The Courier News from Blytheville, Arkansas on December 2, 1947 · Page 8
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The Courier News from Blytheville, Arkansas · Page 8

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Blytheville, Arkansas
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Tuesday, December 2, 1947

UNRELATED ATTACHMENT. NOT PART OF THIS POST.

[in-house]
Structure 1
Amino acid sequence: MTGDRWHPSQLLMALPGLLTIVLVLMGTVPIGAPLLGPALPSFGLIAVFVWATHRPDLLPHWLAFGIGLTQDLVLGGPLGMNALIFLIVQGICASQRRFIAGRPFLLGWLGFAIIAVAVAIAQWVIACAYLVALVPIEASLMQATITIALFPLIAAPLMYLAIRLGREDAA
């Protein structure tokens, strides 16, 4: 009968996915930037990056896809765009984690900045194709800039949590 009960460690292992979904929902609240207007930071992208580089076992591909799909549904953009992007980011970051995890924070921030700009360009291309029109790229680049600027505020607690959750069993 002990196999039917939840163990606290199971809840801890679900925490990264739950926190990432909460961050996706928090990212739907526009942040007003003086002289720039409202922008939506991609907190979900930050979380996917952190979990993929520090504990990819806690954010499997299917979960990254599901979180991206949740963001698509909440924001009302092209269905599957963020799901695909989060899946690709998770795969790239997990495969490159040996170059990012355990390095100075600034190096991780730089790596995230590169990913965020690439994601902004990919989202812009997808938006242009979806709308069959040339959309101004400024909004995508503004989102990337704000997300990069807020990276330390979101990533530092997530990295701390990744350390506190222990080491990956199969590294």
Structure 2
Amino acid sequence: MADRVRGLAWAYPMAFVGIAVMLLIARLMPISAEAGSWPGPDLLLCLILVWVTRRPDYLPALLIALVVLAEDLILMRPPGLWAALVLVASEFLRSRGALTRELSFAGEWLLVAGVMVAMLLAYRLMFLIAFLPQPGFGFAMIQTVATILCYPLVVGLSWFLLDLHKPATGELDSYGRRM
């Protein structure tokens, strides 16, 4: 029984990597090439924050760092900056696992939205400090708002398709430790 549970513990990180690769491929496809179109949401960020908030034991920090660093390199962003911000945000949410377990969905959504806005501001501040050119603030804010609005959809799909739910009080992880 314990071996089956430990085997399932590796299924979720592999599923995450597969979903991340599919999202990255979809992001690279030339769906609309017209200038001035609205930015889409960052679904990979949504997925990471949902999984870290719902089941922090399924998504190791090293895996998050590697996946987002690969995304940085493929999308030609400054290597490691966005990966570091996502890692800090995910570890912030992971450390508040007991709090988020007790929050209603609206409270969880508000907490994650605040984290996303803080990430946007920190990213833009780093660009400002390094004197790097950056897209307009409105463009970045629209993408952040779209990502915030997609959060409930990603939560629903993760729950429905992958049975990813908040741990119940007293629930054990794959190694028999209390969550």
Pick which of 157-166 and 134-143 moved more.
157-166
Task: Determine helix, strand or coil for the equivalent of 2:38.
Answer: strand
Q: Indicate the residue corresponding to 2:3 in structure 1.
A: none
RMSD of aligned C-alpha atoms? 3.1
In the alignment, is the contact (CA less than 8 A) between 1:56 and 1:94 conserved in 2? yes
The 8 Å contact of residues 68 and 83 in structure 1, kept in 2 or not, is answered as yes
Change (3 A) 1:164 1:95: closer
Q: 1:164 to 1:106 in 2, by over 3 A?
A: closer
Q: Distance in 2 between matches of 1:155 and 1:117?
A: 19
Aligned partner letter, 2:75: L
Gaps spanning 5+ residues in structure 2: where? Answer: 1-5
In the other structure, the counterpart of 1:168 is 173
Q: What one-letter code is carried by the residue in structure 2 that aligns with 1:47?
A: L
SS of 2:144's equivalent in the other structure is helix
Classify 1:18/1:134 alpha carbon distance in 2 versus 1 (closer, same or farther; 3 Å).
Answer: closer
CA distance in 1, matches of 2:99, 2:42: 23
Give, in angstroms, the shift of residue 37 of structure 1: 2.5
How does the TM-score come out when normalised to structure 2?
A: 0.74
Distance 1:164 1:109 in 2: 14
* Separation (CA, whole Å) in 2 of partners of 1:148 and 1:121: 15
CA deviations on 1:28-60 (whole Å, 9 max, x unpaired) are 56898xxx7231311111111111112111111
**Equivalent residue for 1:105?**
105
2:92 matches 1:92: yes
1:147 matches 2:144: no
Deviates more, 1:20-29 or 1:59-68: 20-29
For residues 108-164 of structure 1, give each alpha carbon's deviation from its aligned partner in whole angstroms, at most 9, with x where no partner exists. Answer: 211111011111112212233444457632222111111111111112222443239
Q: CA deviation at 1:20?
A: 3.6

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'PACK KfGBT BLYTHEVILLR (ARK.) COURIER NEW! TUESDAY, DECEMBER t, 194T BLYTHEVILLE COURIER NEWS TUB COOKER NEWS CO. aw BLAIME8. PubUsber JAMES L VKRMOEFF. Editor PAUL D. HUUAN, A4Y«rti«ln« aoti N*tioo*) Advertising Representative*: W«ll*o* Witnur Co. New York, Chicago, Detroit, Atlanta, Ucmptt*. PublUbtd Every Afternoon Except 6un<Uj Intend u *econd cl&st nutter *t the po«t- oflio* at Blythevllle, Arkaxuu, under ret ot Con- greet, October ». 1»17'. Served by the United Preu SUBSCRIPTION RATES: Bj • carrier. In the city ot Biythevllle or »ny •uburban town where carrier tervlce I* maintained, !0c per week, or 85c per month B; mall, within a radius of 50 miles, (4.00 per fin. »S.OO for sis months, 11.00 Tor three montrn: by mall outside 60 mile zone, 110.00 per rear payable m advance. Meditation universal military training. They ar« opposed to the return of 'price controls, but think rent controls should be extended. They don't believe that the Taft-Hartley Law is too tough. They do believe that taxes should be reduced. / Those are not all the 20 answers, but they give an idea of what the majority of these top policy influence!* are thinking. In taking time out to answer Mr. Edson's preplexingi momentous questions, they have done the public a commendable service. VIEWS OF OTHERS My brothers what Is the good of a man's laymg he has faith, if he has no good deeds to •how?—James 3:14 .• * • • What it the [ood of a nation Mylni it l> a nation If it shows non-Christian acltT The Animal Kingdom "Chiefs of African Tribe of Ewes Invited Here by UN in Dispute"— . newspaper headline. The chiefs sound like just the boys . to separate the UN sheep trom the goats on the trustee question. Perplexing, Momentous , Questions One of the most interesting portions of the interesting opinion poll conducted by Peter Edson, NEA Washington columnist, was the reply ' ^-of Rep John M. Vorys, R., Ohio. Mr. Eds'frn submitted 20 Questions on lead' ing domestic and foreign issues to all V ..-members of'"Congress, the 48 governors, 100 top government officials, 100 representatives^ of business, labor and trade associations in Washington, and 700 editors. , . '"^••-,, ,The Ohio congressman's ans'wer included this observation: "I always"- marvel'at the nerve'of-those who expect, people in responsible positions to take time to answer perplexing, momentous questions. 'Yes' or 'No,' so that the pollster can sell the compiled answers." It happens that Mr. Edson is not a professional pollster, nor did he sell Ilia ' compiled answers. But what seemed to us more -to the point was that Mr. Vorys, in his position of responsibility, should be irked at being asked to answer perplexing, momentous questions. Isn't that, one of the jobs of responsible members of Congress? Mr. Vorys' attitude might seem even more remarkable because, unless /we have- misread public opinion' surveys all these years, the professional pollsters don't bother tne busy congressmen unduly. The majority of these surveys are concerned with just what they say they are—public opinion. Sometimes they concentrate on special occupational or other groups, but, even then, their major interest is .in what the ordinary citizen is thinking. Such surveys are informative, interesting and saleable. But, in a rep- .resentative form of government 3 uch .as ours, however free and democratic, the .ordinary citizen can't provide the answer to many perplexing, momentous questions. The questions sometimes come too fast, and require too ''.inuch information and specialized knowledge to permit the direct exertion of J. popular influence. Ft*'that reason we should say that - Mr. Edson's poll was particularly valuable. Whether we like it or not.-poLi- tics and personalities and pressure groups play a- big part in shaping government policy and action. So Mr. Edson sent, his questions to a molt, important source of answers. "^ , This is not to say that the politicians and lobbyists are out of step with > public opinion. The answers Mr. Edson • received are encouraging because they follow the trend of popular sentiment, which more general polls have revealed On the same subjects. There was a great diversity of opinion on the same question among the various groups, as the columnist has explained in detail. But the answers averaged out to conclusions that should please.the majority of Amer, icans. " They .reveal that these leadera do not believe that war is inevitable, that the UN should be scrapped, or that the Marshall Plan will fail. They do believe ; i* substantial aid to Europe and in Arkonsos's Farmers of The Future An impressive part of Arltaiisas'i most valuable agricultural potential was seen at the banquet of the second annual State 4-H Club Congress. The 200 boys and glrlt who attended were champions They hnd already won honors in activities that will form the substance of their life work. The fruits of their success have given them greater earning power before they even start out to make a completely Independent life for themselves, Experiencing success, they will want to advance farther. Their winning recognition will cause others to work harder to obtain honors. The *-H Olubs have a total membership ol 83,000 young Arkansans. No other occupation In the staU has »o many apprentices as agriculture can boast. Nor can any other occupation or profession offer specialized training, equaling agriculture's, to lialf so large a group of young men and women before they graduate from high Jtchoo). And agriculture possesses the opportunity. to Influence the greatest number at the most favorable age. Farm youth, in contrast to most children, whose parents engage in other occupations, grow up psychologically and materially »urrounded by the enterprise that supports thern^ Agriculture, like the professions and Industry, cari Improve Itself most rapidly by getting recruits'who choose it because it affords them the greatest satisfaction. The 4,-H Clubs demonstrate to members the satisfying opportunities In farming. They show the dignity of the work. ..Through home projects they teach both the • youthful participants and the parents. AflfHaled' with home and school, the clubs present obtainable goals for improved rural living that the members can-achieve year by year. Four-H clubs win tomorrow^ farmers for good agriculture. —ARKANSAS GAZETTE. Tough Spot -. , D fi-os Tugboatf- Utnman beCOmQrted Out of Danger And Wrest/es V\ .NNAH, Ga., Dec. 2. (UP) — gboats lashed for liours by ling storm off Savannah cportcd out or Immediate today after sending out distress signals yesterday, .ird vessel, a surplus Army II drifted without power and o one aboard. Const Guard Cutter Travis ' roni Charleston to aid tht aco, Panamanian tug north- •', from Brunswick, Ga., aftef Greco re|»rted its power and useless during a heavy storm. THE DOCTOR SAYS By William A. O'Brien, M. D. Written for NEA Service Low salt diets have been used for years In the treatment of high blood pressure Low salt and low Jiroteln diets are being tried at the present time. According to the Journal of the American Medical Association, patients from nil parts of the United States have been following the so - called North Carolina rice diet for high blood pressure. It fs not known whether tile rice diet Is superior lo the one which features wheat, barley, oats or buckwheat, except that when kidneys are not functioning properly, rice can be used as a good source'* of calorics and proteins. Cutting down on salt Is good for most high blood pressure paticnts.l and, jn some cases, it appears to be as effective as cutting the : nerves. Occasionally.'low salt Intake causes weakness and muscle ^ cramps, but this is only temporary, 'yi delay! At the first warning By using radio-active Isotopes, it 2j,, or = neeze ' *-—•• has been found thai special drugs. J^Jrlfusedin',...,. which affect the kidneys, help to^j vreac ,,t many get rid of unwanted salt and water- & from develop- The salt starts to leave, in the>.-£Relieves head urine,' before the water, and theldi distress fast. Change of Pace ITON. O. (UP)—Sherman icll has quit the automobile nd fender rcprlr business to a hair stylist tn a beauty Iterated by his wife at Lon- Woria mMost "olds Start Anderson is Caught on Long Horns of Dilemma By President's Food Conservation Proposals NEA By Peter Ed son Washington Correspondent medics a week may be the equi- valnt of a strict salt diet for the same period of/ time. Patients often mis-s the salt in their food and find the diet .so un-__ _ _^^^ palatable that they los c tlicir an-fT," 1 "'' lo see niHr-^dUl!. would I? petite. A salt substitute, which is i My speechlcssness he took for as- prescribed by a physician, has I scnt - He added 15 per cent for profit been perfected and seems to work 1 ?™j!?i ! brought my $5,000 job to in certain cases. WASHINGTON, Dec. 2. (NEA> — Secretary of Agriculture CUnlon \ P. Anderson has apparently been | caught on the long *iorns of a by President Truman's 'ood conservation control proposals to Congress. Secretary recently had a closed conference In Washington with some 5,0 organization leaders, Ivestock men and the heads of dairy, poultry, feed, Insecticide, meat and food processing industries This meeting: got practically no publicity, but Its purpose was to work out, R program lor voluntary grain saving. A Department of Agriculture-prepared handbook, "Grain Conservation on Farms, 1947-48," was shown •••••••••••••••••••••••••••••I*«••«•••• BARB S B; HAL COCHRAN BARBS A small of a head. compliment swells the same .ETAO kind The average life of a coin .Is 25 probably because It travel* loo fast. year*— Seven, watches, were lound. in a Texas. pickpocket's pocket. Now he has time on his hands. * * * It all amounts to a total loss when you spend all your money just to prove that you have It. • • • One of the most expensive pipes to smoke is the one leading from the [urnace. to every state extension service , Taft Committee that price controls Reducing May Help The best treatment weight patients with hypertension Is a redudng diet. Underweight or normal patients should hold their weight where it Is. There isn't any one treatment for all forms of high blood pressure. Some nervous individuals respond to relaxation and s°r!a- tives, while others require an k'>- Il was at tins moment that nit j contracting firm of othman & Oth- nk I for over- | man was born. I provide Lhe Voluntary Measures Work, or Else— An executive committee of five, headed by H C. Oemme of the National Paulivy Association, was named to promote further spread dlrector. county agent, farm paper j muM i>c me on.y means of making ; cratlon on the nerves. Many pan and rood • farmers market their meat animals ticnts find diets helpful but others finished lean and good, rather ~n cannot be put on any food re, , . . . . . strictions at all- Salt restrictions fat and cho.ce to prime. I m to , ldp many . l|U , apparcnl . As a matter of fact, this was the ly. the low salt and rice diet helps OPA method of trying to save [ others, grain during the war. Dollar-and-| QUESTION: When I was six of conservation Ideas through ad- , during the wc\r. Dollai-and-ccnts ; months old. I had pneumonia. Now vcrtlsing and organization meet- cents price ceilings were set so that tt , i carjgh up large quantities of spu- ings. Serving with him are men ; was more profitable for farmers turn. Could it be bronchiectasls? from practically every segment of; to market their livestock at lighter ANSWER: It might well be. but the food Industry. These people '. weights than to stuff more .feed have a direct Interest in seeing j in'o them and sell them heavy. Tills voluntary measures succeed. They | OPA price-fixing for meat animals only a through examination of your chest will give you the answer. know that if voluntary conservation doesn't work, government controls are likely to be'brought hack. All this happened while Charles Luckman was still around as active chairman of the President's mesr to the conference and given appro- sage . to" Congress, calling for five val. It explained that grain must be saved not' only to help rhmgry Europe, but also to stretch U. S. f«*d supplies. The manual then gave explicit directions on ho-v farmers could do their share by marketing . hogs at lighter weight, putting less fat and finish on beef cattle, providing more roughage and pasture for dairy cattle. Poultrymcn were advised how to save grain by culling flocks. Instructions were given on how government controls to carry out food'conservation. They were: Regulating commodity exchange speculation; encouraging conservation practices; stimulating 'advance buying and food production by foreign countries: restoring rationing and price controls; and marketing livestock and poultry at weights representing the most efficient utilization of grain. On the first four of those. Secretary Anderson has given his endorsement and his Ideas to Conlo store grain efficiency to prevent : gress. But on the last one, Ander- waste and loss from rats, insect! son tins had to tell Senator Taft's pests, mrjld and fire. The claim was made that 345 million grain could be saved bushels of if farmers would feed efficiently and co-operate 100 per cent with the program of voluntary conservation. Twenty thousand copies of this manual have now been distributed Report that the Deparment Agriculture has been formulate a plan for carrying it out. Sfers Controls Ax Only Possible Method Anderson had to admit to on the hoof brought loud protests from the livestock feeders, but it saved grain. Department of Agriculture economists figuie that every pound added to U. S- Livestock before it is sent to market takes seven million bushels of grftin. Any regulation that would bring livestock to market 25 pounds under normal finished weight — 225-lnstead of 250-pound hogs, for example — would theoretically save 175 million bushels of grain. Since Anderson has been unable to tell Congress how this might be done. 5fiv e by voluntary agreements or by price controls. Senator Taft has indicated that the whole Idea should be crossed off, as the majority of Congress seems opposed to returning OPA. For promoting voluntary conservation mensure-s nlong the lines he had previously been working. An- unable o. derson says from $500,000 to $1.000,effectively i ooo might be required, but that a reasonable job might be done even If no more money were nppropriat- of 15 Fears Ago In Blythevilje — Floyd Acton, manager of a local print shop, scored the first eagle ever made at the seventh hole of Blytheville Country Club yesterday. Acton's tec shot at the unusually long four-par hole, traveled far clown the fairway. His second drive trickled into the cup at the end ol the long flight. The hole t« 425 yards from the tee. Friends of the eaglcmaker say that he gets his golfing abalily from his wife's side of the family. Paul Runyan, famous pro, is a cousin of Mrs. Aclon. the ed. congress bettei will like the latter IN HOLLYWOOD BY ERSKTNE JOHNSON NEA StaTf Correspondent SO THEY SAY We should feed the starving Indians in the southwest before attempting to feed Europe.— Sen. Hugh Butler (R) ol Nebraska. * • * One dollar spent in China is worth (10 spent in Kurope for our objectives, which are to preserve free men.—Sen. Owen Brewster (R) ol Maine. * » » The strength of America and Its hopes for world peace depend -not only on its armed forces^ but on a sound domestic economy.—Rear Adm. Oswald S. Oolclough, u. a. Navy. • • • Despite our protestations of disinterest in the International politics of other countries, we are viewed with suspicion abroad.—Henry A. Wallace. * » W What good docs It do to require a one-tlilrd down payment on a refrigerator, say, us long as a person can buy a diamond ring by paying SO cents down and 50 cents a week?—Rep J. P. Wolcott (R) of Michigan » * * Financial men arc realizing that tile great marble bams with frightening structures and lofty atmosphere ore not conducive lo friendly or cordial feelings. They frighten away customers rather than attract them.—J. B. Gander, Bank Building and Equipment Corp., Baltimore. » • • . There Is one point at which high prices must lead directly to socialism, and I think 30 per cent of the national Income Is dangerously close to that.-r-Scn. Robert A. Taft (R) ot Ohio. . • • • ' • I refuse to p)»c« myself behind an Iron cur- Uln^ because "cry-babies In Congress" believe a .cabinet officer should remain quiet on political laama.—Secretary ot Labor Schwellenbacli. ••••••••••••••••••••••••••••••••••••••••••••••••••••••••••••••••••••••••i* IN HOLLYWOOD BY KRSKINE JOHNSON NEA Staff Correspondent HOLLYWOOD. Dec. 2. (NEA) — The Danny Kayc-Sylvia Fine reconciliation is due any minute. . . . Kathryn Grayson's ex, John Shcl- j ton, and his new bride are back to- ether alter a three-day separa- ion. . . . Dick Haymcs, who beat fie last musicians' strike by setting ils songs against a vocal back- round won't try it again when the 'ctrillo edict on recording goes in- 0 effect Jan. 1. He told me, "I ealize-nowit "was unfair lo thi musicians who give me fine support nd I promised Petrlllo I wouldn't do it." • • V. U. I. is plenty worried about "The Senator Was indiscriit, 1 ' wlvch ampoons Ihe devil out of Washington's law-maker. 1 ;. Even a change 01 title, "The Senator Was Discreet," can't save U. • * • Yvonne dc Carlo's logical explanation ol A yawn on the set of "Casbah." "I'm just tired irom months of beinjf tired." Yvonne sings a new song, "For Every Man There's a Woman," In "CasbaU.' which I'm predicting right now will be on the Hit Parade. EAT YOUR FILLY Loave it to Judy Canova to discover a new hamburger stand oul In Si t Fernando Valley labeled "Ye Hilly Billy Grilly." » * * Enterprise has a deal rooking wilh Fedro ("The Fugitive") Armendarii for two pictures. The flrsl may he A story about the great S punish bullfighter Mano- iele, who was gored In Madrid A few months ago and remembered ax the woild's greatest bullfighter. •;>;>;>;>"»';>;>;>':>;;o;>';>;>;>;;*!>;>"*;>;"0*. """MC'KENNEY""" ON BRIDGE Supreme Court Names Three Bar Examiners LITTLE ROCK. Ark., Dec. 2 (UP) —The Arkansas Supreme Court Monday appointed three members to the state board of bar examiners. Blake Downie of Little Eock succeeded hlmscT; E. M. Anderson of Mngnolia succeeded Claude Grumpier of El Dorado; and W. W. Mc- checks; my bride does the firing, and worrying. She got a plasterer (and I am using the exact figures) for $22 per ] day and his helper for S12. They ' are working hard, I must admit, and doing a good job. Some of our new ceilings have metal lath, some gypsum board and some wooden lath. They buy these materials where they can, mostly in the dark gray market, at prices to make me shudder. Two plumbers also earn $22 a day each and so does an electrician. They seem to be giving our enterprise their all when they actually $ come to work. For the last four t days 'they've been on a hunting ttrip: we continue to be without a J kitchen sink. I Our carpenter cheerfully rips oul walls and puts 'em back in other places to Mrs. O's specifications for SIB a day. He'» only been absent from work once; seems he wai butchering a pig at his place down the pike and accidentally stabbed himself. He has a helper, who works by the hour for $1.75, but we haven't seen much of him because Ifjrly the weather's been nice. HePma another job on sunny days, shucking .corn for a neighborhood down Vienna, Va., way. He comes to in only when it rains. My bride says that her crewmen general are doing a bang-up chore. They're solid citizens, every one. According to her figures on the back of an old envelope she may even get the job done for less than 55,000. unless she has troubles with the plumbing supplies. But Bathtubs are another story which, wilh your permission, I propose shortly to tell you. Very peculiar, the bathtub situation. Crary of I-onoke Pike of DeWitt. succeeded G. E. her baby will be a boy. The odds are based on a table of averages Three SpftdCS furnished by her insurance broker. i By Forcing a Ruff \ Larry Parks goes back to work Jan. 1 in "The Gallant Biade," but his checks will be held up by tha studio until his suit against the film plant is settled. . . . Gypsy Rose Lee is '.vrtting a musical mystery for the Broadway stage. . . . Harry Kromnan, who writes the Screen Guild air show, will become n'-papa-in Aprih^His-wUe^is Rosclla Towne, the former Warner starlet. Mel Franklin, the song arranger, just moved into Leon Slcsingcr's palatial Lido Island home for the winter. Says Mel, "I f«el just liKe Victor Moore in 'It Happened on Fifth Avenue.'" CHANGE OF TISJE Wonder if the film version of "Up In Central P.\rk" will be duo- bed communistic nropagandii, loo. It shows Russians entering th-j United Slates, freely and happily, In 1810. Everett Freeman, who wrote the film version of "The Secret Life of Walter Mitty," will marry Rosanne Murray alter the first of the year. . . . Speaking of Mitty, mimic Larry Storch sajs he's developing in Inferiority complex because he Just found out tliat he's not a "Milty." Dale Evans turned down a role in a Republic film because it called for her to smoke, drink and in general be a "sli»dy" lady. She Insists that alter piaying In 23 westerns opposite Roy Rogers her fans won't stand still lor that type of role. Dale and Roy will be married New Year's Eve. By William E. McKcnncy America's Card Authority Written for NEA Service I HAD the pleasure of playing in a * recent tournament with Irwin Fisher of Baltimore, Md. I consider him an exceptionally fine card player. My game with him confirmed gave him his only possible chance —one chance in a thousand, but it worked. He led a small heart and West Jiad to win with the king ow there was no way to keep ishcr from getting a ruff and a Iseard, as West had lead to dla- iond, This gave him his contracl [ three-odd. Charles Boyer and his wife arc off to Canada for a lr>ng vacation. 1 ... . . . "Junior Miss" will be a morn- I This is Hollywood. Mrs. Jones: ing »oap opera, with Peggy Ann Fur designer Al Tcltclbaum just got Garner in the title role. . . . Shir- ; »n order for a miniature Christmas l«y Ttmpl« 1* betting 17-to-13 that i tre« made out ol whit* mink. *Q873 »1074 • 109 + A.K85 Tournament—Neither vul Soulh West North Fast I A Pass 2 A Pass Pass 3 4> 3 A Pass Opening—* K 2 thai opinion. Here is one of tlic hands that Fisher played. The king anil ace of diamond held the first two (ricks for West then he shifted to the queen clubs. Fisher (Soulh) won this ii dummy wilh Ihe king and tool two round's of trumps, winning th second round In his own hanc Then he led Ihe six of clubs am played Ihe eight-spot from diun my. East won the trick and re turned a heart. Fisher won wit the ace and led a low club. Wes put on the nine-spot, Fisher wo In dummy and East showed out. At Ihls point Fisher led dummy's low club and trumped It, then niarti the play which h« Mid NOTICE OF FII.MG OF APPLICATION FOR LIQUOR PERMIT Notice is hereby given that the undersigned has filed with lh» Commissioner of Revenues of the State of Arkansas Tor permit to sell and dispense vinous or spirituous liquors for Ijcvcrnge at retail 'in the premises described as Lot 533, South 21st, Blytheville, Ark. Application ij for permit to be Issued for operation beginning on th« 1st day of January 194D and lo expire on the 30 clay o[ June, 1343. John Fill Signed by Applicant Read Courier News Want Arir On the Air Waves HORIZONTAL 1,6 Pictured radio personality 13 Mountain nymphs 15 Thankless 16 Work 17 Body part 19 Cease 20 Employ 21 Makes mistakes 22 Viper 23 Steamship . (ab.) 24 Butterfly V 26 Abounds 30 Entreaties 33 River (Sp.) 34 Pinnacle 35 Rows 37 Area 40 Preposition 41 Mystic syllable 42 Light knock 45 Mimics 49 Silk spindle 51 Sudanese Negroid 52 Fissure 53 Dry SSPrimper 57 Shouted 59 He is a radio news 60 Snow vehicles VERTICAL 1 Land parcel 2 Awaken 3 Porlugues* coins 4 Respiratory sound 5 Yard (ab.) 6 Prevaricator 7 Terminates 8 Solicitor general (ab.) 9 Constellation 10 Dines 29 Distress signal •iO Bold 11 Ideal state 30 Pints (ab.) 47 Babylonian 12 Corded fabric 31 Trimmings deity HHer 32 Age • 48 Heaven 18 Symbol for 35 Toward 49 Name erbium 3G Detain in port 50 Shield bearing 23 Street (ab.) 38 Reproduced 51 Mineral spring 25 Bone 3!) Type measure M Dcnlisl (ab.) 27 Before 4,1 Scope 56 New York 28 Russian 4< Pare (ab.) community 45 Malt drinks 58 Electrical un* 1 '"•%$•' m